CityBakery-CoffeeCookieCity Bakery

3 W. 18th St.

(between 5th and 6th Avenues)

Union Square

(212) 366-1414

When I tromp my soggy, squishing feet through puddles along Fifth Avenue, looking for some respite, anything will suffice, as long as it’s dry. But rainy afternoons are reflective, making us susceptible to that feeling of being welcomed in from the cold that certain times and smells and sounds instill when they come together in sensual alchemy. It’s universal; always longed-for and seldom found in this busy and anonymous town. So, in those times, I often follow my nose, tracking the smell of freshly baked oatmeal cookies to a doorstep and a moment’s respite.

City Bakery deserves its renown. A hidden yet cavernous space makes it no less comfortable than your corner cafĂ© with the comfy loveseats. That’s because this place churns out that special alchemy from a chocolate-powered engine.

CityBakery-StaffMaybe its heart is the center island where frazzled but never impolite staff tally orders and bark the coffee commands. It sometimes looks like Willy Wonka’s factory with its seemingly self-replenishing parade of trays of new cookies and croissants and a spinning wonder wheel of hot chocolate next to delicately piled homemade marshmallows. Sometimes I sit nearby and just watch the kinetic stress found only in bakeries bounce from one corner to another as the orders are relayed, the goods are arranged, and the people are served.

Maybe it’s located upstairs, along the balcony railing where people sit and take in the steam and watch people flow in and out, listening to the constant dull cafeteria roar.

Or it’s somewhere in the bowels that we never see, where the bakers work constantly to keep up.

CityBakery-Wares2 Regardless, the reason why I return here time and time again is that moment on line choosing from the displayed wares, deciding which will accompany my coffee as the rain spatters the windows.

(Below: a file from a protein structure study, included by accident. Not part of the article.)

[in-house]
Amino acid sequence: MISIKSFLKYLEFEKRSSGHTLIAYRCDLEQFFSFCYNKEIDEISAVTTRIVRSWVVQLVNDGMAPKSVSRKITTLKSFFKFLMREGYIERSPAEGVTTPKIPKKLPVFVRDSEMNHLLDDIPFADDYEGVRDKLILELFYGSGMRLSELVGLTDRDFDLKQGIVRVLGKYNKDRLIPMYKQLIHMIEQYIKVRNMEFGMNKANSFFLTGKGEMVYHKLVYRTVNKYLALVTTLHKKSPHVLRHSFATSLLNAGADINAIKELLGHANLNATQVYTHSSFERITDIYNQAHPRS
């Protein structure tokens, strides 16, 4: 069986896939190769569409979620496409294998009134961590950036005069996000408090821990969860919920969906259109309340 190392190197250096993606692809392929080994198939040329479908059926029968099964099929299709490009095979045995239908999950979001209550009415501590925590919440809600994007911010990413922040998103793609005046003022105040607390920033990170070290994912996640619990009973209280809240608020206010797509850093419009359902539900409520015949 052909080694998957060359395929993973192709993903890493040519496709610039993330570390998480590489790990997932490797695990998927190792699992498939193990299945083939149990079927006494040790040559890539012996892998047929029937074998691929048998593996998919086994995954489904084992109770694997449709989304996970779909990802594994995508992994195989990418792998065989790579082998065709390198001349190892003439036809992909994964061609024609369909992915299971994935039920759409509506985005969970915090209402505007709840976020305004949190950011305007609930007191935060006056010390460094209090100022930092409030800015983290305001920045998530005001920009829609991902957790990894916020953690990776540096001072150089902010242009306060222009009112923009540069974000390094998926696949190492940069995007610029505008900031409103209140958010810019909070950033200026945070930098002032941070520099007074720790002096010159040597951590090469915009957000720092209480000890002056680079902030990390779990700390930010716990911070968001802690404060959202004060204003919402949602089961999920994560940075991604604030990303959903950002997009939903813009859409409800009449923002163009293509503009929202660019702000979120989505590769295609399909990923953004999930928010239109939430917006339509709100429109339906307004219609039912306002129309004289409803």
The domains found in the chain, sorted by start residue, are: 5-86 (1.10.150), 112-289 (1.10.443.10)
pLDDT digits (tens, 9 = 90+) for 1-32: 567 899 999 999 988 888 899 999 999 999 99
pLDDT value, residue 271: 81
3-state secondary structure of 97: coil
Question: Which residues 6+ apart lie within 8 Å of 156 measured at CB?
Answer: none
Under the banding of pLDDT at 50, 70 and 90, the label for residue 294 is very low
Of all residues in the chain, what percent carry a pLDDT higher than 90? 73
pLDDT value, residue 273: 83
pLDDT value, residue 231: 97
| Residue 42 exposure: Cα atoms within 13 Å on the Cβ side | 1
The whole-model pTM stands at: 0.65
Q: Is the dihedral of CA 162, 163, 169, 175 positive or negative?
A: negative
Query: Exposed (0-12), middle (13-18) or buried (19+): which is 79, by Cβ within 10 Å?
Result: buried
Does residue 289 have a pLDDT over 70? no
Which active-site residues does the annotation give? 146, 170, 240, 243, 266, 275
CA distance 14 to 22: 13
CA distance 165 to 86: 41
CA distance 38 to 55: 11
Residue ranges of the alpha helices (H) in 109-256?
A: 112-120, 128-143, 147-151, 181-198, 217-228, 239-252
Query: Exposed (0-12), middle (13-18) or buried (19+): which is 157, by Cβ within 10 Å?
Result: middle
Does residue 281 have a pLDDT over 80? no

People always rhapsodize about dessert. Food can be emotional for sure, but that wonderment when the dessert cart rolls by is a cheap emotion. Of course it’s beautiful and miraculous; that’s why it’s there, to tease and taunt and promise euphoria all to coax you out of an extra $10. But it rarely speaks to something personal, which is the mark of a true culinary experience. Food, like any other art, must prick its consumer in the heart, and something complex like a wild boar casserole has to work hard for that reaction. Dessert, like pop music, can do it to anyone at any time.

So I can avoid dessert with nary a regret. But on a day like this, a humble, well-made cookie is an altogether different matter.

Citybakery-JennaCookie To prove my point (yes, there really is a point) you can take in the selection for yourself and see what makes you leap. Is it the exquisite and careful tarts with mint leaves and berries and nyah nyah blah? Or is it the bowl filled with perfect spoonfuls of peanut butter cookie; the vanilla sugar cookies, lightly dusted and almost melting under your gaze; the melted chocolate cookies that, intriguingly, cost $1 more than their more average countermates? Maybe, ridiculously enough, it’s the pretzel croissants, leaving the sweets far behind in the wake of its buttery, salty, flaky softness.

It’s the baked goods, of course — the real ones, the ones that take careful measuring and patience and a watchful eye that adds up to something as close to love as you can get in the kitchen.

CityBakery-Wares3 You settle down with the lunchtime crowd. On the table is a perfectly salted, not so crispy chocolate chip cookie and a never-bitter coffee, warming your hands. In your lap is that book you keep meaning to get to. The parts that make up the whole of this day rarely come together thus. And for now, for just these few sacred minutes, you’re dry, and you’re home.

 

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